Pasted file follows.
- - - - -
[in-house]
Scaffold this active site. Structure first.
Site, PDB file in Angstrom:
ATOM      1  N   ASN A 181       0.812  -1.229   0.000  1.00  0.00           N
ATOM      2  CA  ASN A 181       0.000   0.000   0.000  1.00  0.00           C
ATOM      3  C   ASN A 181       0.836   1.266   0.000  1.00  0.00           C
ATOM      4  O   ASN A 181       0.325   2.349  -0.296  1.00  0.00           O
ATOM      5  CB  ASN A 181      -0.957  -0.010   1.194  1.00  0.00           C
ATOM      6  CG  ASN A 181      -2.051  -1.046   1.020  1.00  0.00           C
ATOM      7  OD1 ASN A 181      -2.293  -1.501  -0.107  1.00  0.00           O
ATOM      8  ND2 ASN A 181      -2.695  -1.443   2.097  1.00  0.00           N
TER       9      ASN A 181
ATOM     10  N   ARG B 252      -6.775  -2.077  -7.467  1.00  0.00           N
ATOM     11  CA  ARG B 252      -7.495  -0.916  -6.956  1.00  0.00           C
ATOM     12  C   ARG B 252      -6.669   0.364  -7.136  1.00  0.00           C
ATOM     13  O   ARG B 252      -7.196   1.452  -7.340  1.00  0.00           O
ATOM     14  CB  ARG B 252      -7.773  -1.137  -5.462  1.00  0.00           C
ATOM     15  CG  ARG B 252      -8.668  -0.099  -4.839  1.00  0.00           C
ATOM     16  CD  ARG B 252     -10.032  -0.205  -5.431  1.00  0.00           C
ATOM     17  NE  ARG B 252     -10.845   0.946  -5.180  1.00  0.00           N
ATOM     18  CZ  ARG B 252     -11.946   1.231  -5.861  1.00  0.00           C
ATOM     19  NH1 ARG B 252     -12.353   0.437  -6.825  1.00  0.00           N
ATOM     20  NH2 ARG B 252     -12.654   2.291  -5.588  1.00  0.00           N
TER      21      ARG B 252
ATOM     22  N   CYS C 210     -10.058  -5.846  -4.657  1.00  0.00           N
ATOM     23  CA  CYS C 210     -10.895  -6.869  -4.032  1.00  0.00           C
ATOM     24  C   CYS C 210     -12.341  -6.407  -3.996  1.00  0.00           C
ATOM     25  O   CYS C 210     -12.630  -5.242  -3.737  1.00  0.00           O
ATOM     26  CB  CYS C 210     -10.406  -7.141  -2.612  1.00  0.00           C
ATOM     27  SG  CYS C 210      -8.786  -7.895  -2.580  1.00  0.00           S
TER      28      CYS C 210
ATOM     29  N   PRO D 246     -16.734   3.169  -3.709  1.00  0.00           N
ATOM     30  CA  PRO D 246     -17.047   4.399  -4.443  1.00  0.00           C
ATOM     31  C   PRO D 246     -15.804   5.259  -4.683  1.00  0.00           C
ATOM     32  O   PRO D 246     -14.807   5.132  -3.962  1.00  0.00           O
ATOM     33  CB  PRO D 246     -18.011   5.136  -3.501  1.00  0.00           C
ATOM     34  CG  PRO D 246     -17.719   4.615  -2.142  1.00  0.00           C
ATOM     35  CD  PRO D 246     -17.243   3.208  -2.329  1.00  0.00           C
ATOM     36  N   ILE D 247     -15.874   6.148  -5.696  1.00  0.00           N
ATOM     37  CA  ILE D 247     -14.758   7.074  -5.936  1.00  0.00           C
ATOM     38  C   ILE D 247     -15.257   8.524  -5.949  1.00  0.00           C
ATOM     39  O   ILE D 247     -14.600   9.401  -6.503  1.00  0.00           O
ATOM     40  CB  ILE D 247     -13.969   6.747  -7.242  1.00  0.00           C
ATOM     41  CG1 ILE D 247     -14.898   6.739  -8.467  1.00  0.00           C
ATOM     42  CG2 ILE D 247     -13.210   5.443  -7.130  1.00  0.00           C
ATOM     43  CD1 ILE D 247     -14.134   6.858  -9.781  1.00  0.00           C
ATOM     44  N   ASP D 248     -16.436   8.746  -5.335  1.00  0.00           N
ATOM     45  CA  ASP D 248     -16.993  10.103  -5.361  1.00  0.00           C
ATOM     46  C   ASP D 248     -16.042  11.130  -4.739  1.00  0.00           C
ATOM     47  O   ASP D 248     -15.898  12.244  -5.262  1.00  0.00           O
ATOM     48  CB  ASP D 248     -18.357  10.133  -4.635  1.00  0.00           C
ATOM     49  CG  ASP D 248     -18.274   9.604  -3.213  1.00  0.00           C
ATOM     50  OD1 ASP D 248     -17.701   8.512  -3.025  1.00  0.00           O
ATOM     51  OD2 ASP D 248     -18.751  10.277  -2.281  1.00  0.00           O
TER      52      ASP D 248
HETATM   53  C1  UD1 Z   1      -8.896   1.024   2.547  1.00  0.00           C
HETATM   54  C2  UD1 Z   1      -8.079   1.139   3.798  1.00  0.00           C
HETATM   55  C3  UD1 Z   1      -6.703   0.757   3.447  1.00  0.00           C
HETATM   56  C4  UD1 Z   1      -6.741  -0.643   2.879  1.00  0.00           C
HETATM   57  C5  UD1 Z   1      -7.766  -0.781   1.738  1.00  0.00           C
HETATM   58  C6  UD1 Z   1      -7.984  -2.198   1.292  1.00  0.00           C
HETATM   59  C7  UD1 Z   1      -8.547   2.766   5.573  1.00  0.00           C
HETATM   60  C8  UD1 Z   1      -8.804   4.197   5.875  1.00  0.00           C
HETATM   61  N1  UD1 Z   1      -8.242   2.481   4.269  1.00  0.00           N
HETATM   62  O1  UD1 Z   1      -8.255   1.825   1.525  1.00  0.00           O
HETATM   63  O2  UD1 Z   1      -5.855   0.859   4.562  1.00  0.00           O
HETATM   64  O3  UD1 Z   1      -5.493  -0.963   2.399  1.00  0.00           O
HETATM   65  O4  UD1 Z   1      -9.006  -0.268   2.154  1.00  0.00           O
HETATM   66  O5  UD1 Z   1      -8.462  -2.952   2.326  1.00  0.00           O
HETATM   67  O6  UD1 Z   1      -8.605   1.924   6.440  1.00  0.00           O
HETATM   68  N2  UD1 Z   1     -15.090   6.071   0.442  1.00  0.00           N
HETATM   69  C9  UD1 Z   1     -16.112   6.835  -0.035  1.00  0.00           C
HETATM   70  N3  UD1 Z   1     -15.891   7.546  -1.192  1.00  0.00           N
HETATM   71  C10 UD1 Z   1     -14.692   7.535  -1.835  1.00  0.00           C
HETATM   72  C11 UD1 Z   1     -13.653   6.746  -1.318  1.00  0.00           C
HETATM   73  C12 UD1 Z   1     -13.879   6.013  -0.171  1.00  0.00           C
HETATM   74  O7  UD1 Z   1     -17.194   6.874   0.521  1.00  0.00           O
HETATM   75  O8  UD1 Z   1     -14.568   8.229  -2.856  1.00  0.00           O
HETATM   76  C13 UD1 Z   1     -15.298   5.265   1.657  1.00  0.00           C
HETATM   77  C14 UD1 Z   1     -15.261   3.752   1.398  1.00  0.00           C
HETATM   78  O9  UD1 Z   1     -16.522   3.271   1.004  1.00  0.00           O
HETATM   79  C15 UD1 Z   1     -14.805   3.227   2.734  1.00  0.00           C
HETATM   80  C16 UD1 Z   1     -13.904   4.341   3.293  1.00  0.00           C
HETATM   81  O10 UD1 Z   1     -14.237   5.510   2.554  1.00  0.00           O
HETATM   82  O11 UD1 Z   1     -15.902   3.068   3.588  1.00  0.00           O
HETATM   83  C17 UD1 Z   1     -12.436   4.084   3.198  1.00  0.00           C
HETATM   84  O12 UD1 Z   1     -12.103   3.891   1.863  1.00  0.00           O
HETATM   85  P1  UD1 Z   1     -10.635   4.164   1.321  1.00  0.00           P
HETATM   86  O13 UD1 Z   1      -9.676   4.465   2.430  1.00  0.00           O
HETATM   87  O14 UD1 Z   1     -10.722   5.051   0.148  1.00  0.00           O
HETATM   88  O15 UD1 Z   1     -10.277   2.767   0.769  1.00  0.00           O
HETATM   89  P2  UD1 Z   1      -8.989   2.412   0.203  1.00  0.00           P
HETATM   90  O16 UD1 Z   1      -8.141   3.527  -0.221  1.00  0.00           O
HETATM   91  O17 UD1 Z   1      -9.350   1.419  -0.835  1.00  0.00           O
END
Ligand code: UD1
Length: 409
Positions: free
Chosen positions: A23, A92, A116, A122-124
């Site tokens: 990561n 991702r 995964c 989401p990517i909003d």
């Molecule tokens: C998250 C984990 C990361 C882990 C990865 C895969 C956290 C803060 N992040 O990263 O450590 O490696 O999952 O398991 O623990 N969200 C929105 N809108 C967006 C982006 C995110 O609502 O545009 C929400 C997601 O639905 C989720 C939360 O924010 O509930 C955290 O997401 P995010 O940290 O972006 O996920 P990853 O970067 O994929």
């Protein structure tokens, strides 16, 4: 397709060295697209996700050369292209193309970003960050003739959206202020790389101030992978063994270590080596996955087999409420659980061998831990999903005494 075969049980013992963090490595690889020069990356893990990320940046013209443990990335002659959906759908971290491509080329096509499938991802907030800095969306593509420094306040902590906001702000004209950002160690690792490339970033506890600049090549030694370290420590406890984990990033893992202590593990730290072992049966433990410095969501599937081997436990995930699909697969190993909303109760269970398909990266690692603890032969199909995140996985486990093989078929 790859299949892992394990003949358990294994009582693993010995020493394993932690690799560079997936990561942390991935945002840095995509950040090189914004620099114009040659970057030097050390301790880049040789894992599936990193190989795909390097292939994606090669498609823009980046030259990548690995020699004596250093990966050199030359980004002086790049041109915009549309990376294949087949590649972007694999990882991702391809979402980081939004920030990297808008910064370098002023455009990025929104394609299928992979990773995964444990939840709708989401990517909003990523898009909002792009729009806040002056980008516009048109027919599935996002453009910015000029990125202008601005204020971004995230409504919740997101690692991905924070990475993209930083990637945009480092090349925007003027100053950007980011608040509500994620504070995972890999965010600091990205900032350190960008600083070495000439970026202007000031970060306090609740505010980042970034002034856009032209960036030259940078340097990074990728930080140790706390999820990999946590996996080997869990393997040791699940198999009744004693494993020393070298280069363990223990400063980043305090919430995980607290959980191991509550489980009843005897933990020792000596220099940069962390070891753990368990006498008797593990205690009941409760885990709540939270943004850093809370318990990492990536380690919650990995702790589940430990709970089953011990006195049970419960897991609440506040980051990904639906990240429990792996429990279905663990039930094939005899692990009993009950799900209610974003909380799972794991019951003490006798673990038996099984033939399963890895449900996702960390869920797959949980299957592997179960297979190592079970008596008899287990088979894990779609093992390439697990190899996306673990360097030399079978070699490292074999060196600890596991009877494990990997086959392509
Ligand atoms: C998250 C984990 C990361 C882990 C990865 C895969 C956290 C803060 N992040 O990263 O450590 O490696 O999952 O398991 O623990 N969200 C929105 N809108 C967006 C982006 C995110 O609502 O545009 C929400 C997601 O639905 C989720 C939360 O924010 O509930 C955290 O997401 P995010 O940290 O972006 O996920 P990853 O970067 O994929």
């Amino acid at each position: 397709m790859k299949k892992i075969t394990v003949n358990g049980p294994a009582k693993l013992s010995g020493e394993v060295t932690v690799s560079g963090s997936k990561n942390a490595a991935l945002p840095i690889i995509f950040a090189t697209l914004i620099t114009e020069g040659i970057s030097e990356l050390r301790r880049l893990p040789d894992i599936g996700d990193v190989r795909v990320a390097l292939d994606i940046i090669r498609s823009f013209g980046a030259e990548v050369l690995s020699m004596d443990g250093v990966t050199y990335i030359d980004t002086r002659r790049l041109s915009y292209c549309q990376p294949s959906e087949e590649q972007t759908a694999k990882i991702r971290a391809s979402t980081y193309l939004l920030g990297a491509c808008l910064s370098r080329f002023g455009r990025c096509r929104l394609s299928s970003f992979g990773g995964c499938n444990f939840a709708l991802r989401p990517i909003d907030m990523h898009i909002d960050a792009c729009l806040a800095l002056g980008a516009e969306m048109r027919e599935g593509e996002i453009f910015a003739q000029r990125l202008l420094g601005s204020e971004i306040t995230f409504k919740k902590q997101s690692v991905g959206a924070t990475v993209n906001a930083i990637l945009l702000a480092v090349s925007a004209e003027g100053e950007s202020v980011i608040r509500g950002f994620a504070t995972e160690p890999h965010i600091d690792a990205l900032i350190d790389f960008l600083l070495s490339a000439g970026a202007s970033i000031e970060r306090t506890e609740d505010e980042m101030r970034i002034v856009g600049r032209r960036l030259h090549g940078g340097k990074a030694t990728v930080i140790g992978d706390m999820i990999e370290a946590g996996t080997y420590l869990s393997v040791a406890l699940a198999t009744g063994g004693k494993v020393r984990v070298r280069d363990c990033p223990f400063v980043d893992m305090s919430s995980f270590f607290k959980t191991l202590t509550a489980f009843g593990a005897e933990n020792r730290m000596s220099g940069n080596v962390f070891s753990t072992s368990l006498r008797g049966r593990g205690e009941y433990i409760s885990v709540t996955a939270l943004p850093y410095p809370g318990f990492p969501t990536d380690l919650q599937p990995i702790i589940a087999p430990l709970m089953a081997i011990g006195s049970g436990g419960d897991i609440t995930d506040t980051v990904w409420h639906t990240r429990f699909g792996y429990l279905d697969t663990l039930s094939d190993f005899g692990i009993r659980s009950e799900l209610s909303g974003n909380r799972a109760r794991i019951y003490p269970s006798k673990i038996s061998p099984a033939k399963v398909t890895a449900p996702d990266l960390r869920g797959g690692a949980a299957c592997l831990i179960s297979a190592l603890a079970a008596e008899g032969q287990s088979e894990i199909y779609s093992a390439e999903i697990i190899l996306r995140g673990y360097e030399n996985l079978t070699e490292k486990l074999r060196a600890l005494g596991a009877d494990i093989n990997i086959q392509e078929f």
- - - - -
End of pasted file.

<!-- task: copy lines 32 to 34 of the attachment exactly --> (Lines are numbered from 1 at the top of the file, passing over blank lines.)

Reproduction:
ATOM     29  N   PRO D 246     -16.734   3.169  -3.709  1.00  0.00           N
ATOM     30  CA  PRO D 246     -17.047   4.399  -4.443  1.00  0.00           C
ATOM     31  C   PRO D 246     -15.804   5.259  -4.683  1.00  0.00           C